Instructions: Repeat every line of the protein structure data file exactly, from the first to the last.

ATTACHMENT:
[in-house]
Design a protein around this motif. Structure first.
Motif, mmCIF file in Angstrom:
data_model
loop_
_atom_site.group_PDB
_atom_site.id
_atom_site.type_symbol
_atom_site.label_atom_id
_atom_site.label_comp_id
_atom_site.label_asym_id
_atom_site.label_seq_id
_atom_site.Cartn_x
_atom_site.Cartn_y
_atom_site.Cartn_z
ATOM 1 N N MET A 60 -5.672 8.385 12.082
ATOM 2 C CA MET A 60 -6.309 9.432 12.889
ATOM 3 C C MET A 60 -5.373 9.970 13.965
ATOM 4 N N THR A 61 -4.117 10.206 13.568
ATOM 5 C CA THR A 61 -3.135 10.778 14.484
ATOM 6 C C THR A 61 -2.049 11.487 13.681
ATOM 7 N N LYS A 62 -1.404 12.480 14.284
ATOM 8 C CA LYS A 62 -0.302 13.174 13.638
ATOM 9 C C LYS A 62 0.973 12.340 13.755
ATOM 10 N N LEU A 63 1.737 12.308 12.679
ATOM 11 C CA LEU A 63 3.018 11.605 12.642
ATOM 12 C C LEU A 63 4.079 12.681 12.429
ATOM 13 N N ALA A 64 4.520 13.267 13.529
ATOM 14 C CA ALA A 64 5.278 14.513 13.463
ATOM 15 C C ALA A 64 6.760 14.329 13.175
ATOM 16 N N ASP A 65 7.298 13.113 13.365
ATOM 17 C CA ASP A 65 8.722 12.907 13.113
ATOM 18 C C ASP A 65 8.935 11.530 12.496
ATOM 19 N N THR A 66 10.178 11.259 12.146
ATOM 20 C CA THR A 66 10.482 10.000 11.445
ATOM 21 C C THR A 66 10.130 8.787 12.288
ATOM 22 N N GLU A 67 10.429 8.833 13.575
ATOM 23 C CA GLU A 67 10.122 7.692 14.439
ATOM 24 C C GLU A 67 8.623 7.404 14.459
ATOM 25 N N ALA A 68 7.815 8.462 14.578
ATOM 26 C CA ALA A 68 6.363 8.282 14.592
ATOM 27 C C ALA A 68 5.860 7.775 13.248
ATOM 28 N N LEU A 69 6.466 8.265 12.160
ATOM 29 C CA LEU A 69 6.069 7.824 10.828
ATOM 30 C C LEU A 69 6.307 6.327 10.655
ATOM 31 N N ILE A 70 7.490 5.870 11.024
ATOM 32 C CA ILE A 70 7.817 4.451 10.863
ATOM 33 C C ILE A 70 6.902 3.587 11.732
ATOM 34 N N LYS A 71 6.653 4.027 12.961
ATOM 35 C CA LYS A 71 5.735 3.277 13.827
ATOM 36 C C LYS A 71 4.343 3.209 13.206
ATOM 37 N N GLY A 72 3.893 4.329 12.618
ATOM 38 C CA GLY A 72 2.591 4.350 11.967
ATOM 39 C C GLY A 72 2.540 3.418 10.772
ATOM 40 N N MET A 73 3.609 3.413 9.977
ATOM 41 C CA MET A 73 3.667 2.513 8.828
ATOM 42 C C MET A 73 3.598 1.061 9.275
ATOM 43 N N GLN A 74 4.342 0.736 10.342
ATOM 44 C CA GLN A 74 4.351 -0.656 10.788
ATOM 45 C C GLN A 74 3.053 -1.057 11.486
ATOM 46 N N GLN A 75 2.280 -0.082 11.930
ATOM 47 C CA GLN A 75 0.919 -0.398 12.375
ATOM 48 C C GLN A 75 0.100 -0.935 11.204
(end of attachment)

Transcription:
[in-house]
Design a protein around this motif. Structure first.
Motif, mmCIF file in Angstrom:
data_model
loop_
_atom_site.group_PDB
_atom_site.id
_atom_site.type_symbol
_atom_site.label_atom_id
_atom_site.label_comp_id
_atom_site.label_asym_id
_atom_site.label_seq_id
_atom_site.Cartn_x
_atom_site.Cartn_y
_atom_site.Cartn_z
ATOM 1 N N MET A 60 -5.672 8.385 12.082
ATOM 2 C CA MET A 60 -6.309 9.432 12.889
ATOM 3 C C MET A 60 -5.373 9.970 13.965
ATOM 4 N N THR A 61 -4.117 10.206 13.568
ATOM 5 C CA THR A 61 -3.135 10.778 14.484
ATOM 6 C C THR A 61 -2.049 11.487 13.681
ATOM 7 N N LYS A 62 -1.404 12.480 14.284
ATOM 8 C CA LYS A 62 -0.302 13.174 13.638
ATOM 9 C C LYS A 62 0.973 12.340 13.755
ATOM 10 N N LEU A 63 1.737 12.308 12.679
ATOM 11 C CA LEU A 63 3.018 11.605 12.642
ATOM 12 C C LEU A 63 4.079 12.681 12.429
ATOM 13 N N ALA A 64 4.520 13.267 13.529
ATOM 14 C CA ALA A 64 5.278 14.513 13.463
ATOM 15 C C ALA A 64 6.760 14.329 13.175
ATOM 16 N N ASP A 65 7.298 13.113 13.365
ATOM 17 C CA ASP A 65 8.722 12.907 13.113
ATOM 18 C C ASP A 65 8.935 11.530 12.496
ATOM 19 N N THR A 66 10.178 11.259 12.146
ATOM 20 C CA THR A 66 10.482 10.000 11.445
ATOM 21 C C THR A 66 10.130 8.787 12.288
ATOM 22 N N GLU A 67 10.429 8.833 13.575
ATOM 23 C CA GLU A 67 10.122 7.692 14.439
ATOM 24 C C GLU A 67 8.623 7.404 14.459
ATOM 25 N N ALA A 68 7.815 8.462 14.578
ATOM 26 C CA ALA A 68 6.363 8.282 14.592
ATOM 27 C C ALA A 68 5.860 7.775 13.248
ATOM 28 N N LEU A 69 6.466 8.265 12.160
ATOM 29 C CA LEU A 69 6.069 7.824 10.828
ATOM 30 C C LEU A 69 6.307 6.327 10.655
ATOM 31 N N ILE A 70 7.490 5.870 11.024
ATOM 32 C CA ILE A 70 7.817 4.451 10.863
ATOM 33 C C ILE A 70 6.902 3.587 11.732
ATOM 34 N N LYS A 71 6.653 4.027 12.961
ATOM 35 C CA LYS A 71 5.735 3.277 13.827
ATOM 36 C C LYS A 71 4.343 3.209 13.206
ATOM 37 N N GLY A 72 3.893 4.329 12.618
ATOM 38 C CA GLY A 72 2.591 4.350 11.967
ATOM 39 C C GLY A 72 2.540 3.418 10.772
ATOM 40 N N MET A 73 3.609 3.413 9.977
ATOM 41 C CA MET A 73 3.667 2.513 8.828
ATOM 42 C C MET A 73 3.598 1.061 9.275
ATOM 43 N N GLN A 74 4.342 0.736 10.342
ATOM 44 C CA GLN A 74 4.351 -0.656 10.788
ATOM 45 C C GLN A 74 3.053 -1.057 11.486
ATOM 46 N N GLN A 75 2.280 -0.082 11.930
ATOM 47 C CA GLN A 75 0.919 -0.398 12.375
ATOM 48 C C GLN A 75 0.100 -0.935 11.204